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''Gladiator'' stars battle off-screen turmoil

Russell Crowe and Ridley Scott say the set was plagued by problems

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Russell Crowe, Gladiator
Jaap Buitendijk

Sure, Russell Crowe fights bloodthirsty tigers and sweaty Germanic hordes in ”Gladiator,” but the real struggle was behind the scenes. The jumbo-size epic — which called for 2,500 specially designed weapons, 500 gladiator tunics, 30,000 mud bricks, and the burning of an entire English forest — also had jumbo-size troubles. ”C’mon, this was a $103 million dollar film being shot in four countries,” says the 36-year-old Crowe. ”So of course there were very, very many complicated problems. And we just had to deal with them as they came up.”

Most of the trouble arose as soon as the production touched down in Malta. Though additional scenes were shot in Morocco, Italy, and London, director Ridley Scott and production designer Arthur Max felt Malta’s 6,000 year old ruins were the best backdrop for the film’s re-creation of ancient Rome. Bad idea. ”We couldn’t control the weather, and we couldn’t control the politics,” says Max. ”We came in the midst of an election during which everyone who we’d been dealing with was voted out of office, and our permits went with them.” Though Max was able to lobby for new permits, there was nothing he could do to stop Malta from suffering through its worst winter in 30 years. ”Parts of the set were destroyed by storms, and a lot of materials we were having shipped in couldn’t reach us because the ships couldn’t enter the port,” says Max.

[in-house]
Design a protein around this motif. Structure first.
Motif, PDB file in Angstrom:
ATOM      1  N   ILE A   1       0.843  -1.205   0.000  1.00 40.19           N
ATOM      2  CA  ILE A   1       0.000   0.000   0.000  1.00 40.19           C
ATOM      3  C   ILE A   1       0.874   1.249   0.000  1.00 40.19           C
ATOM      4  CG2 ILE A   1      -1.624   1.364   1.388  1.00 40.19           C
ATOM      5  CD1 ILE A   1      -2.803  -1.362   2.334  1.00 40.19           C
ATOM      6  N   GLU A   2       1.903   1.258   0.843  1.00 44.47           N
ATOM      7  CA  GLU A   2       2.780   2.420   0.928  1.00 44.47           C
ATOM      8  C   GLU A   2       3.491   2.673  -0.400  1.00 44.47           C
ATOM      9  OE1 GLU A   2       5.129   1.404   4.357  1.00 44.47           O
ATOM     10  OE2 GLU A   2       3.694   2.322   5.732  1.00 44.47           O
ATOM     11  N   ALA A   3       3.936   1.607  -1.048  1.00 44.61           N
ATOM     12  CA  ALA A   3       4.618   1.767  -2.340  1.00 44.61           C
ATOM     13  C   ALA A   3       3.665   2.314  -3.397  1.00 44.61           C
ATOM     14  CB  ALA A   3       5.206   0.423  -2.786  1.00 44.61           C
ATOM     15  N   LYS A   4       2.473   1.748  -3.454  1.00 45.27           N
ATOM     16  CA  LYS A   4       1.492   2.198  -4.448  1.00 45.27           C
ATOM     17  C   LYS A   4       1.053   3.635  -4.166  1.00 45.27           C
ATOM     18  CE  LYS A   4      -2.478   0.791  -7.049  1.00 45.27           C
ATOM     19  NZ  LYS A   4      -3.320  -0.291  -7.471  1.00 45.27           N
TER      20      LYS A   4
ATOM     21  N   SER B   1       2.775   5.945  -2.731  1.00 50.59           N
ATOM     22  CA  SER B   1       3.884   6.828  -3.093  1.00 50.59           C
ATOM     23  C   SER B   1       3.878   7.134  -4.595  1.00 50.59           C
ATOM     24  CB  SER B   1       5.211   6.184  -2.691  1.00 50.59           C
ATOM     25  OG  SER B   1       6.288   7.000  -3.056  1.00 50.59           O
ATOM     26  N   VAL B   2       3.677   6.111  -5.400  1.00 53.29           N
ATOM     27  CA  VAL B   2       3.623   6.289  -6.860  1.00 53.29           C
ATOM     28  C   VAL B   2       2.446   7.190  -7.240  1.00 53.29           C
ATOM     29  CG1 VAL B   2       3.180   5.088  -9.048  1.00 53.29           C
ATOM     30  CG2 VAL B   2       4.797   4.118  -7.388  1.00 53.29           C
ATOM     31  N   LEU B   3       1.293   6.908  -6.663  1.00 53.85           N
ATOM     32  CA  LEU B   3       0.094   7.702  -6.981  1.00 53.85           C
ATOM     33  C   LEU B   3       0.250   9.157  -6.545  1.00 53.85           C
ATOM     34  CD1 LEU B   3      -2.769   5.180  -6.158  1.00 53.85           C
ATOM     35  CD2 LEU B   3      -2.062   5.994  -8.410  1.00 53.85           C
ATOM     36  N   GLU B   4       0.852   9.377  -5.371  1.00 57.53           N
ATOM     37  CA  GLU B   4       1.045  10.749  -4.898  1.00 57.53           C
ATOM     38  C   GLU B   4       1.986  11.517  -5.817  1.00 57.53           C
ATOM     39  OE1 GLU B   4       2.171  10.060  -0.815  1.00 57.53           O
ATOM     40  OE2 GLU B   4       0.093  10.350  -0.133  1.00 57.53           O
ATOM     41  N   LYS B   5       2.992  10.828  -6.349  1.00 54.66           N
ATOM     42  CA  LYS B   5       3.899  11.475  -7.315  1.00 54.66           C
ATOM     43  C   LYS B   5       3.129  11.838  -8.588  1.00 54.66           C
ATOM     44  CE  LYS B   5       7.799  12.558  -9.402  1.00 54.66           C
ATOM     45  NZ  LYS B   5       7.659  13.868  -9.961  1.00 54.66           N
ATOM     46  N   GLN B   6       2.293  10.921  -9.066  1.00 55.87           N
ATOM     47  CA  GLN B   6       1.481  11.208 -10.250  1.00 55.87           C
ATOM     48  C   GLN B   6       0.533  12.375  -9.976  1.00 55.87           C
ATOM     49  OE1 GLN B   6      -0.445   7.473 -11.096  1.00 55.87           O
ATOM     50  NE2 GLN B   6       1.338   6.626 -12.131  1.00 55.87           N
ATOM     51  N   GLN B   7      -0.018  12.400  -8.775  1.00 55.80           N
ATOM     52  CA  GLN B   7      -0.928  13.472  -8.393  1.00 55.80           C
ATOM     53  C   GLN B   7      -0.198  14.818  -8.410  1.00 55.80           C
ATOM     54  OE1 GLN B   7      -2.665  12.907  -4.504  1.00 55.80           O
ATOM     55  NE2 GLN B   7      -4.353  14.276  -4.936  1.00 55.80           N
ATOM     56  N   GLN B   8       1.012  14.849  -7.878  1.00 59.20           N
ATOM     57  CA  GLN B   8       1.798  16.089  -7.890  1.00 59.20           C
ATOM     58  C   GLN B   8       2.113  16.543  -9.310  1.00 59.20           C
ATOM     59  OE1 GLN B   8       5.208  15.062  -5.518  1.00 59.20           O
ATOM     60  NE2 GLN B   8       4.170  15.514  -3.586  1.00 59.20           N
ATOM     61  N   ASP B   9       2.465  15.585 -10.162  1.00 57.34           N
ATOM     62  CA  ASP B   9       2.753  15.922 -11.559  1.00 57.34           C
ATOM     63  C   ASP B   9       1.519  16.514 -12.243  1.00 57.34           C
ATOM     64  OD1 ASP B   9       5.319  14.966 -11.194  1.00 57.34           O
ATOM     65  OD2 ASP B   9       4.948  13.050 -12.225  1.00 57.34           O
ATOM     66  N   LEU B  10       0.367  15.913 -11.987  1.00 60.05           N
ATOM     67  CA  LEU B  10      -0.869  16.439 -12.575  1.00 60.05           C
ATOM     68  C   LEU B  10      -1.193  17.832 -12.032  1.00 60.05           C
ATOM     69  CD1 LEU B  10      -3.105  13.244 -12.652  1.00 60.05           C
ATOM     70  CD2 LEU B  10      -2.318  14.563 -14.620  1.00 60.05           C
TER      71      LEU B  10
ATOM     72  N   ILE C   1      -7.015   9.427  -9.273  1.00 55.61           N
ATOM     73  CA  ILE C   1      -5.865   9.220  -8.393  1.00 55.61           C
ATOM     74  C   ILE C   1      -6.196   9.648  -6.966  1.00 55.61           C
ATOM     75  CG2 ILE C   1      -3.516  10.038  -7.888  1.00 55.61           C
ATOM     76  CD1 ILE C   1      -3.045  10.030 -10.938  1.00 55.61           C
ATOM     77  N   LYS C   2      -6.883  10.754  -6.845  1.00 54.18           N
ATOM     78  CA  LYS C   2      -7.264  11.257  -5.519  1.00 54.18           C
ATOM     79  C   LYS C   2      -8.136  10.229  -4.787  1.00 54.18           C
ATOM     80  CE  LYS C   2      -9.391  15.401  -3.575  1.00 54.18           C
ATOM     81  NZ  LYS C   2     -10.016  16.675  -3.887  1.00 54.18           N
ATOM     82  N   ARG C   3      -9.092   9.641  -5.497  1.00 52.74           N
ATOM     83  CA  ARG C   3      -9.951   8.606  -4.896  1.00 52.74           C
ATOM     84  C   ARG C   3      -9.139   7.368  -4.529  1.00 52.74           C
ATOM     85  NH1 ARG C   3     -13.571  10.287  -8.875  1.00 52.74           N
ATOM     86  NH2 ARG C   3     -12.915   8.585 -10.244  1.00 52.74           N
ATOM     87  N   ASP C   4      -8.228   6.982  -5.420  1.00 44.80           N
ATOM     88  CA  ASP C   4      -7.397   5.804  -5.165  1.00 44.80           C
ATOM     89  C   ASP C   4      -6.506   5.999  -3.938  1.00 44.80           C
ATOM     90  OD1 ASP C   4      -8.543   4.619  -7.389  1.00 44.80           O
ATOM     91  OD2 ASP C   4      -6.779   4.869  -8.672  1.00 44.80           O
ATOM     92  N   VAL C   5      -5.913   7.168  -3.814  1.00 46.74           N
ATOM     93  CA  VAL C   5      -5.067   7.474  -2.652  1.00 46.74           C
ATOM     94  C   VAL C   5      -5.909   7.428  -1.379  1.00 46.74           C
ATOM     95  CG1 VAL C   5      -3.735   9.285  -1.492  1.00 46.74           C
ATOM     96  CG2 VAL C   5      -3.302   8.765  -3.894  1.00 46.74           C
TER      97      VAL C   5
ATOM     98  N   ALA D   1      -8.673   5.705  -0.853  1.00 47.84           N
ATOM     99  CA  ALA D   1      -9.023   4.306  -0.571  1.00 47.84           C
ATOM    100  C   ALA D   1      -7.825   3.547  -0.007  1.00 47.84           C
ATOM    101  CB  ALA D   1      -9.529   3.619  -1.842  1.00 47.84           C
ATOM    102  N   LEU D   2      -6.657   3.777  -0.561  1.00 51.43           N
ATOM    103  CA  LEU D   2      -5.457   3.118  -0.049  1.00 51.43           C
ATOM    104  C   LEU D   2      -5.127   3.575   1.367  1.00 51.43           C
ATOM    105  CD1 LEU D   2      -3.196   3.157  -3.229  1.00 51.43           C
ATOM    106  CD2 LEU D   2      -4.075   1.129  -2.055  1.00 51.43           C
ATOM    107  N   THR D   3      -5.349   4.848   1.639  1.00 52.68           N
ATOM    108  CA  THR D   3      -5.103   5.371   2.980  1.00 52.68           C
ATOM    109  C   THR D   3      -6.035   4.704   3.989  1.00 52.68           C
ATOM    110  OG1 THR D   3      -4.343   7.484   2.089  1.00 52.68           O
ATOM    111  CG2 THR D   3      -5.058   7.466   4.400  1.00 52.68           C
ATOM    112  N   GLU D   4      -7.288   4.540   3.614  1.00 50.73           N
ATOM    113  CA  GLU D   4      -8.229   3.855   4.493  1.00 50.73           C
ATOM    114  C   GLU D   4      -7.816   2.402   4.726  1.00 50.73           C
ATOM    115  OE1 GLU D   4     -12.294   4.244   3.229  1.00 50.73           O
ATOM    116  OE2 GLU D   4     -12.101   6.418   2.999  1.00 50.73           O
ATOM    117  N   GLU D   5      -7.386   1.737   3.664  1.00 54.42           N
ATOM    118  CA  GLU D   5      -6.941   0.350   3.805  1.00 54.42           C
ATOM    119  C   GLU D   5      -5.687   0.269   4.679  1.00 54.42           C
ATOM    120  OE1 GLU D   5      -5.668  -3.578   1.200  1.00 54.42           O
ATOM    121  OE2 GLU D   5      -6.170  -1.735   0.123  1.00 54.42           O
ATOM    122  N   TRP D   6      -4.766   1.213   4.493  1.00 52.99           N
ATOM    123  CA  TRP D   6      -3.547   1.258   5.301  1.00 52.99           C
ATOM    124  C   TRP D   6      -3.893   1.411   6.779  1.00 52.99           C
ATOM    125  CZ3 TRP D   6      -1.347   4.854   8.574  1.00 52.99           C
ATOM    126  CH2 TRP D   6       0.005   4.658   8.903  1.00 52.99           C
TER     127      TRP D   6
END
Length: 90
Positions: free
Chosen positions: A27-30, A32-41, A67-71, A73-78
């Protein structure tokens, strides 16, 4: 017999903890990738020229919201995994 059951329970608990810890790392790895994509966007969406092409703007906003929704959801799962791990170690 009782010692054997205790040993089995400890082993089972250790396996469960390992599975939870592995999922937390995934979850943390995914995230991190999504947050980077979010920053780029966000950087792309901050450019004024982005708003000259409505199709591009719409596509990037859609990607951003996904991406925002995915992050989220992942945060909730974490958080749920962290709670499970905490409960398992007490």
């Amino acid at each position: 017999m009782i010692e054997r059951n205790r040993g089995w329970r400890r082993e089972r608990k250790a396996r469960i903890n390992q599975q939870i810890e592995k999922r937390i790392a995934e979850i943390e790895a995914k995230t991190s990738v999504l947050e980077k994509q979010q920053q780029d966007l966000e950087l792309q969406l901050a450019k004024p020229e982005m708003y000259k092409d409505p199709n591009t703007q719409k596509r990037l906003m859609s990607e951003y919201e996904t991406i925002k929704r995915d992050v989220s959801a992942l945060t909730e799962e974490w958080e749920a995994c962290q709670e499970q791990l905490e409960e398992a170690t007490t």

Delays didn’t loosen studio purse strings, either. ”Everyone had agreed on a certain cap of money,” says producer Doug Wick. ”Luckily Ridley didn’t say, ‘Okay you assholes, if you want it, I’ll do it, but it’ll cost you five more million.”’ Last minute tweaking of the script and a new ending helped the production to stay on track. ”Literally until the last two or three weeks of shooting, we were making adjustments,” says Wick.

Most of the changes were made to accommodate the death of actor Oliver Reed, who had completed roughly 90 percent of his scenes before suffering a heart attack last May. ”When it came to insuring actors, the only person over whom there was a little question was Oliver Reed, and unfortunately that turned out to be prescient,” says Wick. Scott, who also helmed the effects-heavy ”Bladerunner,” used CGI, a body double, and clever editing to make up for Reed’s absence. ”We had another ending in mind, in which his character Proximo would have gone on to Morocco and had a jolly good time being the bastard he always was, but it wasn’t possible,” says Scott. ”So I revised the jigsaw puzzle. I used three shots of Ollie from different scenes, and his dialogue from different scenes, then grafted it all together with CGI.”

At least one potential problem had an easy solution. Fearing Crowe might injure himself and slow down production, the producers sent the actor a memo asking that he not play soccer until the film was over. ”That was funny,” says Crowe. ”I mean, they’d let me run in front of chariots, wrestle tigers, and do battle with 5,000 men in the snow and mud. The memo I sent back was, ‘I can wrestle four tigers, but I can’t play soccer? Get over it. Love, Russell.”’

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